I am using Logistic Regression (LR) to obtain Coronary Artery Disease CAD probability equation. The dataset has 16 candidate predictors, all continuous. There are two groups, CAD patient group (70 subjects), and an age-matched control group AMC (~ 70 subjects). Given that the control group is age-matched, I have a feeing that this is impacting the performance of the model negatively.

To test this, I have divided the original dataset randomly into 50% training set, and a testing set. I then included an additional group, Young Healthy Control (YHC) (who represent the healthy population more accurately) to the training set. Once a model has been selected, I applied this model to predict on the test set (which does not include YHC). The performance showed improvement compared with the original approach.

Is this approach acceptable, given that primary objective of the CAD equation is to predict CAD on a population similar to the original dataset?


So long as your model performance is being evaluated in a data set that is representative of the data you want to apply the model to, yes, that experimental design is fine. It may be that the YHC is giving the model more clear examples of what a healthy heart looks like. Depending on how you designed you experiment, it could also just be that getting more data is the reason for improved performance (it is unclear from your description if the new training set is CAD+AMC+YHC or CAD+YHC).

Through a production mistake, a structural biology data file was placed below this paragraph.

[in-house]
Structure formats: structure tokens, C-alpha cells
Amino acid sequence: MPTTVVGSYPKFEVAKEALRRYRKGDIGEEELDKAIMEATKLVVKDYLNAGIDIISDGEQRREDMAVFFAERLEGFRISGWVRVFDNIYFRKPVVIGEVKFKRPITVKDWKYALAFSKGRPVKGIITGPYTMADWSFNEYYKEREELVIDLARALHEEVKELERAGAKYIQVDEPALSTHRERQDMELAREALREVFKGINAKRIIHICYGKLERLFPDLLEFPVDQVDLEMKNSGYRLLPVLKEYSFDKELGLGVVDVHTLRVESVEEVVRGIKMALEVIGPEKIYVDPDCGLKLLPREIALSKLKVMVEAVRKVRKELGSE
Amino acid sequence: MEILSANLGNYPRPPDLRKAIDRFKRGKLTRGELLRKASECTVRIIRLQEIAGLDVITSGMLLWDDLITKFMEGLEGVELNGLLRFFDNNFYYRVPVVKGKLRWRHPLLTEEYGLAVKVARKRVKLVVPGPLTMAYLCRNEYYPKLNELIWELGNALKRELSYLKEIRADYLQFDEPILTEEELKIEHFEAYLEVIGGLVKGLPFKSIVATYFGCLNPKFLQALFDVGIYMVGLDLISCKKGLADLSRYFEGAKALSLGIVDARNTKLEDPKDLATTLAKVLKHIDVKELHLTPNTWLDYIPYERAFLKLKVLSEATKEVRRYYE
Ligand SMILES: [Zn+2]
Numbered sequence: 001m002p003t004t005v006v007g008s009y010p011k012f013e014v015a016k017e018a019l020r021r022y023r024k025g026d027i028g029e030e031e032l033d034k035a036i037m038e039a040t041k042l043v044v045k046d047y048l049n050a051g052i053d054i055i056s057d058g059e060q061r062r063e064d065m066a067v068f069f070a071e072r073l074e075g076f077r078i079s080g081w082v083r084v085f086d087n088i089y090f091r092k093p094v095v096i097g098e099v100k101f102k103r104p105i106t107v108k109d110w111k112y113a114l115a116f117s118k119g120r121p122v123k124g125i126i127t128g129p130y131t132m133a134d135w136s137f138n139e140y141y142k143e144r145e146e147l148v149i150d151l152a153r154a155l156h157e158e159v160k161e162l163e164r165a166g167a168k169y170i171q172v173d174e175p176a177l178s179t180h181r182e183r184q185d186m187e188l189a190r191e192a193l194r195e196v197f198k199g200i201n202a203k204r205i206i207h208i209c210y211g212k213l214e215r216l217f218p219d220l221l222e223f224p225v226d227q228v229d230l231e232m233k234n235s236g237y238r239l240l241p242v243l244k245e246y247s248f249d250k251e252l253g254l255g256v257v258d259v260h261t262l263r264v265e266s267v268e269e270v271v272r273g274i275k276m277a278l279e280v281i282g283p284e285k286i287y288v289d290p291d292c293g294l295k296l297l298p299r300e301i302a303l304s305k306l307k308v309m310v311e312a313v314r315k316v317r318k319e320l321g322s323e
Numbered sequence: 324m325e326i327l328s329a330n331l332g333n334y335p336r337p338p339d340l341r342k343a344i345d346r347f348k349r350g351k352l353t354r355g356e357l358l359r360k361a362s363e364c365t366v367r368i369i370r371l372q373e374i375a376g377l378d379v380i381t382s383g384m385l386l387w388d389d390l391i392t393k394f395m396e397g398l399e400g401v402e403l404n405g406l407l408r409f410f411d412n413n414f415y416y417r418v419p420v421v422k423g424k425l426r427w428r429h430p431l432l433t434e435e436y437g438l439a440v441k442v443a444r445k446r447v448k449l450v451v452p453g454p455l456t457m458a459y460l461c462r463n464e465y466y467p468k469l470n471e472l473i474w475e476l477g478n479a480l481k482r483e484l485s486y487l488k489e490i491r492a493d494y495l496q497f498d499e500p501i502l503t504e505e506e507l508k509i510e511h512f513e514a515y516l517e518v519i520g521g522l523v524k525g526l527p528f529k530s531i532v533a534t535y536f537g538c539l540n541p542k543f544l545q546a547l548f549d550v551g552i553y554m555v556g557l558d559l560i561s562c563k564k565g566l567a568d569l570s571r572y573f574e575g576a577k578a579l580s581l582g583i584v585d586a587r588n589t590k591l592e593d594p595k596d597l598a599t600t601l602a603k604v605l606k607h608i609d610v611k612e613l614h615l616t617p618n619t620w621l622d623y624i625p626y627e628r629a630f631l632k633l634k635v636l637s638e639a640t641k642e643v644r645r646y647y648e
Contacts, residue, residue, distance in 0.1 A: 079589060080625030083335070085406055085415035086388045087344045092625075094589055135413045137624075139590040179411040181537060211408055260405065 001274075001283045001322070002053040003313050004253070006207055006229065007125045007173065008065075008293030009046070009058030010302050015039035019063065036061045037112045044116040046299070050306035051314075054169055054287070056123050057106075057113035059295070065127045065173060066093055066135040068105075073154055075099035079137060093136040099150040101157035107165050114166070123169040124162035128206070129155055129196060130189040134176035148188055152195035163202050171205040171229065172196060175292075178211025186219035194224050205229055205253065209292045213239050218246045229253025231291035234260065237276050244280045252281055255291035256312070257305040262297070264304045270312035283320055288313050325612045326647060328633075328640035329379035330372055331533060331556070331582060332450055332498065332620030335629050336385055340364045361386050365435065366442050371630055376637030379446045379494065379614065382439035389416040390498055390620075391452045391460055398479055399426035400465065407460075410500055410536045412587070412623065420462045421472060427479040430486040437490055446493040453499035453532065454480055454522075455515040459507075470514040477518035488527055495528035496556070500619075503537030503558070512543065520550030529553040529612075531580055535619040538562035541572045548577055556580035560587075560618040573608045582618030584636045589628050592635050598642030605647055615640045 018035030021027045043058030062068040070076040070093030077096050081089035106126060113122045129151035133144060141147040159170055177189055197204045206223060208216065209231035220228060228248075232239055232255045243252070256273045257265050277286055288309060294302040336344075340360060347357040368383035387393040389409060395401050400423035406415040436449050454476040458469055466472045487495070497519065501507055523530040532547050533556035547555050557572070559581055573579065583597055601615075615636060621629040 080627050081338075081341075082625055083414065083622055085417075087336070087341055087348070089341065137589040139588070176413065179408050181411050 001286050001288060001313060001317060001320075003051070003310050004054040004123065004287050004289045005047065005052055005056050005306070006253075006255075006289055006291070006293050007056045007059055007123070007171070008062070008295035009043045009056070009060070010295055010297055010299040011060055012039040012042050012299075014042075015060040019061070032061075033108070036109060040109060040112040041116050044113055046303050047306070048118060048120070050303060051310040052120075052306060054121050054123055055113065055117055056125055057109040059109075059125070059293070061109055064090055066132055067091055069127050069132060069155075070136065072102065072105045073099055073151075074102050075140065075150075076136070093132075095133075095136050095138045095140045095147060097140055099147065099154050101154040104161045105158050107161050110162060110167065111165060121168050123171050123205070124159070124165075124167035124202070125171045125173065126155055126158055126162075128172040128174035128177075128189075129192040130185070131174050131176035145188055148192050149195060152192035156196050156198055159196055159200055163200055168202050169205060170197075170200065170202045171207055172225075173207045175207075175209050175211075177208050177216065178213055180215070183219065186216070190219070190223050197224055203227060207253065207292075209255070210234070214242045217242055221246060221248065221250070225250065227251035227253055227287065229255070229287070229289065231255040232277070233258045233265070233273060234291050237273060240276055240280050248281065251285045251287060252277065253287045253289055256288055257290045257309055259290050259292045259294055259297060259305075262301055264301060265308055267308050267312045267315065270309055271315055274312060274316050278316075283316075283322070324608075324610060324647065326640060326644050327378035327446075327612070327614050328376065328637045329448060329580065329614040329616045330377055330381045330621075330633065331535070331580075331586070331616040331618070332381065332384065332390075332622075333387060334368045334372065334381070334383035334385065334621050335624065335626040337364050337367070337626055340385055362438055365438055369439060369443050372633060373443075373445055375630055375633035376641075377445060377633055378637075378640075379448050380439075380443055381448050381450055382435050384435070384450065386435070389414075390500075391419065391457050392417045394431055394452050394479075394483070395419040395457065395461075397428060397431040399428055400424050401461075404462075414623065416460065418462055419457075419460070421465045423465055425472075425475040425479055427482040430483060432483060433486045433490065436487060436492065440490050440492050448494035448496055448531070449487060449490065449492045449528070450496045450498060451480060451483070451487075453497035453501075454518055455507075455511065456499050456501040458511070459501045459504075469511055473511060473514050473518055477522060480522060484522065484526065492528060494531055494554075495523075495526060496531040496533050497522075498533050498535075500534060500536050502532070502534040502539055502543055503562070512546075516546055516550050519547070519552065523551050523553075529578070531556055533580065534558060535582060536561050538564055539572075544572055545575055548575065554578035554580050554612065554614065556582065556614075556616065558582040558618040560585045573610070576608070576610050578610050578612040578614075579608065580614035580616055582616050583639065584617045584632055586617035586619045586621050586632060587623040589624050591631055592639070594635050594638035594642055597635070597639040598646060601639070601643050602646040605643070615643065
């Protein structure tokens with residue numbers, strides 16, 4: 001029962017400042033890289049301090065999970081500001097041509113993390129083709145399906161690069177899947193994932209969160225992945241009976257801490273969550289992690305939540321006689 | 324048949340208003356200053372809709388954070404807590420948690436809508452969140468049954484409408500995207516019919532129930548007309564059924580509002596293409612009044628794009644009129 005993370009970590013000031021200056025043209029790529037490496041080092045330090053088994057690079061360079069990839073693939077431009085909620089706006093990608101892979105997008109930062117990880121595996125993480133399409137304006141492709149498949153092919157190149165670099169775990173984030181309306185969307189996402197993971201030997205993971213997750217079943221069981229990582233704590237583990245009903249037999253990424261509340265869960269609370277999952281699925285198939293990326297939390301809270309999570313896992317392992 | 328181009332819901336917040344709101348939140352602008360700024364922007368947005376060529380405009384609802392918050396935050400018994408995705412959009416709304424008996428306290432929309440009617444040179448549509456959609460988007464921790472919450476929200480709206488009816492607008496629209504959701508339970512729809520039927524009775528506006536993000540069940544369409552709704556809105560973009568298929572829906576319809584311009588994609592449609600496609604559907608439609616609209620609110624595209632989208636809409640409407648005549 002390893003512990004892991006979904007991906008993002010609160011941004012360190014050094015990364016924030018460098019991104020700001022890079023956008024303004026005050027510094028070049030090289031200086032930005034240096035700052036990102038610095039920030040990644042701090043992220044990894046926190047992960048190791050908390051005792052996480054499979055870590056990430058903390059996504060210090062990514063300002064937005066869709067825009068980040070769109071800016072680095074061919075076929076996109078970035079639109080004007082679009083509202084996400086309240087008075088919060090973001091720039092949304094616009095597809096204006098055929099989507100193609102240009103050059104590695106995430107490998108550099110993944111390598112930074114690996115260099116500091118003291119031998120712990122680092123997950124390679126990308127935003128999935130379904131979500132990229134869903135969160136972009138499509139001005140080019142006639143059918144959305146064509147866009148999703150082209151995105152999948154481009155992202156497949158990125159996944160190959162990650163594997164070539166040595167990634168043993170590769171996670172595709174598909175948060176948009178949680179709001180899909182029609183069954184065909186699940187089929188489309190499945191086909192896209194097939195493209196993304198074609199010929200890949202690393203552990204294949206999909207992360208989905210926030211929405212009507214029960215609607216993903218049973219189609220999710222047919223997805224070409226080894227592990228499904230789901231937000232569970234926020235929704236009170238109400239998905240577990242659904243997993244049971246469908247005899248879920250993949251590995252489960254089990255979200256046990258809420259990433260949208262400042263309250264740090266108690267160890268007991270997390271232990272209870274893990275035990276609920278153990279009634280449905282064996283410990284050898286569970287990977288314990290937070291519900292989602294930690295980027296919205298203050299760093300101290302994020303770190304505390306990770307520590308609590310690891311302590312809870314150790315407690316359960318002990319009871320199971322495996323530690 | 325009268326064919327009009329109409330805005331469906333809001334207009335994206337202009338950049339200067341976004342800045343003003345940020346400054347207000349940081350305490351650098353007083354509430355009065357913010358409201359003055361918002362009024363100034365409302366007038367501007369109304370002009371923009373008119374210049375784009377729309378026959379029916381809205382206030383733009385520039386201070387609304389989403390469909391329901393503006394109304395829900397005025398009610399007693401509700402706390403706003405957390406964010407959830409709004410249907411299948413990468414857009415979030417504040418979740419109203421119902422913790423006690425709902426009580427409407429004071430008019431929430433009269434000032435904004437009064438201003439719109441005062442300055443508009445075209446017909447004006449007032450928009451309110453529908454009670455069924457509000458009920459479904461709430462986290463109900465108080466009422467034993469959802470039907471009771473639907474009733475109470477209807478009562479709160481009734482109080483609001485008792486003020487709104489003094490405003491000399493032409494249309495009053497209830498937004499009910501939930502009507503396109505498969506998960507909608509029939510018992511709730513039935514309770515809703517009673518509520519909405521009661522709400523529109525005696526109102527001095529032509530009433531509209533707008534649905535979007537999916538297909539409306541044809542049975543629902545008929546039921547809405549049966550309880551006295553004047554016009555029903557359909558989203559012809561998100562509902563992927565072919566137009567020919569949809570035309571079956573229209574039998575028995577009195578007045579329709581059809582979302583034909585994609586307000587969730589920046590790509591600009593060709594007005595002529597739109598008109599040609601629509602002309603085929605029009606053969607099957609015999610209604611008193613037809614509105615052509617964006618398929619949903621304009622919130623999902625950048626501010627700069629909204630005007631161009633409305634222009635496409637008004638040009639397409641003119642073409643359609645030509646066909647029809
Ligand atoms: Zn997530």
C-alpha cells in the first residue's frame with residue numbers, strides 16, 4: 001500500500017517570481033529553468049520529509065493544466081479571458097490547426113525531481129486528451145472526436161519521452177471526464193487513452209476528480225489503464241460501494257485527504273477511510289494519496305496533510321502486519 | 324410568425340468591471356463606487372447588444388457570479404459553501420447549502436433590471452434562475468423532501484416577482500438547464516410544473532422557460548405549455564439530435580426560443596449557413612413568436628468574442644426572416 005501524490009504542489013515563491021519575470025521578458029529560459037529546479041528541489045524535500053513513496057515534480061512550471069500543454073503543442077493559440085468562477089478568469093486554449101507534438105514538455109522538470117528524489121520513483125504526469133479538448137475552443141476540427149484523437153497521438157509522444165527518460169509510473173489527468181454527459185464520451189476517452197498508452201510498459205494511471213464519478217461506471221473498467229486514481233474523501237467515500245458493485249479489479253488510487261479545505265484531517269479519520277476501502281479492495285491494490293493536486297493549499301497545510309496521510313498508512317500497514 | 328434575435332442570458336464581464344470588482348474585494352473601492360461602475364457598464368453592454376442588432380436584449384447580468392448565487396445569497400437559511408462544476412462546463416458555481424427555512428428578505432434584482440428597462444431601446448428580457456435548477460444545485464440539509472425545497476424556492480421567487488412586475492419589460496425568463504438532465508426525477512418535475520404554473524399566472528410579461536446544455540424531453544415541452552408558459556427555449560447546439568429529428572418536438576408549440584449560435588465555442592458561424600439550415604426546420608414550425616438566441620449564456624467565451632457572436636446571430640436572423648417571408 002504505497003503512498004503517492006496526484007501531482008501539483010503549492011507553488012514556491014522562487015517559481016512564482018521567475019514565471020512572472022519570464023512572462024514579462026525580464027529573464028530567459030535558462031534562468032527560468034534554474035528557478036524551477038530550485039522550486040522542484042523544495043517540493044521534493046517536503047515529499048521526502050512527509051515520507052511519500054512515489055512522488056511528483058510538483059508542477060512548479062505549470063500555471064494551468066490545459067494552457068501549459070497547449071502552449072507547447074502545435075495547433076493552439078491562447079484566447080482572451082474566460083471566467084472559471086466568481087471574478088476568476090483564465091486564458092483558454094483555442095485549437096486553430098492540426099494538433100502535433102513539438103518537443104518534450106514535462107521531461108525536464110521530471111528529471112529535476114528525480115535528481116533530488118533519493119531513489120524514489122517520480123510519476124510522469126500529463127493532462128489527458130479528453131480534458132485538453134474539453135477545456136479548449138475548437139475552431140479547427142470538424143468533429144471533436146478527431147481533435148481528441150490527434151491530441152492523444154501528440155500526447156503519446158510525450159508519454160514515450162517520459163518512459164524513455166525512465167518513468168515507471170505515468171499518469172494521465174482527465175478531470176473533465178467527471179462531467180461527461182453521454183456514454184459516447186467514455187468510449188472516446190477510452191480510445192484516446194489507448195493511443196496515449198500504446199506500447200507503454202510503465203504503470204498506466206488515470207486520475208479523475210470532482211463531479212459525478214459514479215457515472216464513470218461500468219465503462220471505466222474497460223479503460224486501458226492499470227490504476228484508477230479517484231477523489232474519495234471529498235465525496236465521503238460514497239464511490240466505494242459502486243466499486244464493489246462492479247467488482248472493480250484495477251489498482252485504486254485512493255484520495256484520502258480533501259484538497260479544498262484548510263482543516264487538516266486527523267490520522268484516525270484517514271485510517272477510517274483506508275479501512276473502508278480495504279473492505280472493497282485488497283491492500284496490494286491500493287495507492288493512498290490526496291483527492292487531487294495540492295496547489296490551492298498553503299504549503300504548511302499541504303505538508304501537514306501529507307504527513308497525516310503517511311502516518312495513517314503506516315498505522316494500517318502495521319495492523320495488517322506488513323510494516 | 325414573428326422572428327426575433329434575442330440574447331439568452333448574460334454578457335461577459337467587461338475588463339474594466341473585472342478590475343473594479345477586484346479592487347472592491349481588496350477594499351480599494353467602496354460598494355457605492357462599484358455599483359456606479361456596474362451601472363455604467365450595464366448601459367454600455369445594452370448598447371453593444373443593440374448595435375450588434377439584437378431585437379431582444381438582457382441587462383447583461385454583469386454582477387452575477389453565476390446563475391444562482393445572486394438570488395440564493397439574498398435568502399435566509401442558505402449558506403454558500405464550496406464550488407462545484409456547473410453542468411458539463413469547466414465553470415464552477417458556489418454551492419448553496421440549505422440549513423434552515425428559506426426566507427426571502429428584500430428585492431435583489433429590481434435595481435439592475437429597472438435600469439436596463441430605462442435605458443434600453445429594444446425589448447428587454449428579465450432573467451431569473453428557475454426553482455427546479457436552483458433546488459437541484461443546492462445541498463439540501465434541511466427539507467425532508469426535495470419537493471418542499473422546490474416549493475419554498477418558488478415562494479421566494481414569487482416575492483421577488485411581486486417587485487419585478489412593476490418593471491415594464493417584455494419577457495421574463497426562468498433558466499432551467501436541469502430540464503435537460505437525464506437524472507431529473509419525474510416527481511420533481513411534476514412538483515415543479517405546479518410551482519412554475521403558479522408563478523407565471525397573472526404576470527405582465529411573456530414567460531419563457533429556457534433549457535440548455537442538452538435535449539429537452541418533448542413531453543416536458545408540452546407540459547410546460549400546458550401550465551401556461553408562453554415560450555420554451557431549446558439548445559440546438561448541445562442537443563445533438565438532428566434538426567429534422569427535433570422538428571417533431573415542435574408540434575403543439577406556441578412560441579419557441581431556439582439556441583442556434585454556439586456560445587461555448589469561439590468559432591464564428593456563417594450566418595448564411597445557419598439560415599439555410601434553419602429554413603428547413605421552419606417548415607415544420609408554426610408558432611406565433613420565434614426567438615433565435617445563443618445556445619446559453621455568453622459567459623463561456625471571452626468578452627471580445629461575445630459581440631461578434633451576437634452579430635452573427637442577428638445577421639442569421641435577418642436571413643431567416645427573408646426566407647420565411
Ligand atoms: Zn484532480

The only thing I would caution is since the new data may be introducing artifacts, go back and double check all the rest of your experimental design to be 100% certain that the improvement is not a mistake. I would start by making sure you are using the exact same patients as your testing set for your two models (and that the model never sees those data of course). Check multiple statistics for your model (Accuracy, ROC, Kappa, etc.) to be sure the improvement is robust to evaluation metrics. One thing you may even do is plot a histogram of the class probabilities for your testing set for both models. If the model is good, each class should have nice separate peaks on either side of your threshold. If the values are either scrunched up as one peak in the middle that probably means the model isn't great, but you should have seen that in the other metrics. If they are way spread out at the extreme ends of the distribution, I would be skeptical that it might be too good to be true and there may be some data leakage or artifacts that are influencing your results.

  • $\begingroup$ Thanks for the comments. The new training set is CAD+AMC+YHC. An experiment in which I fix the patient group and and compare the two model trained on sets with and without YHC is a good idea, although this will not rule out the possibility of improved performance due to simply more data. The checks you suggest are also useful. $\endgroup$ – Abbas Dec 22 '16 at 10:28

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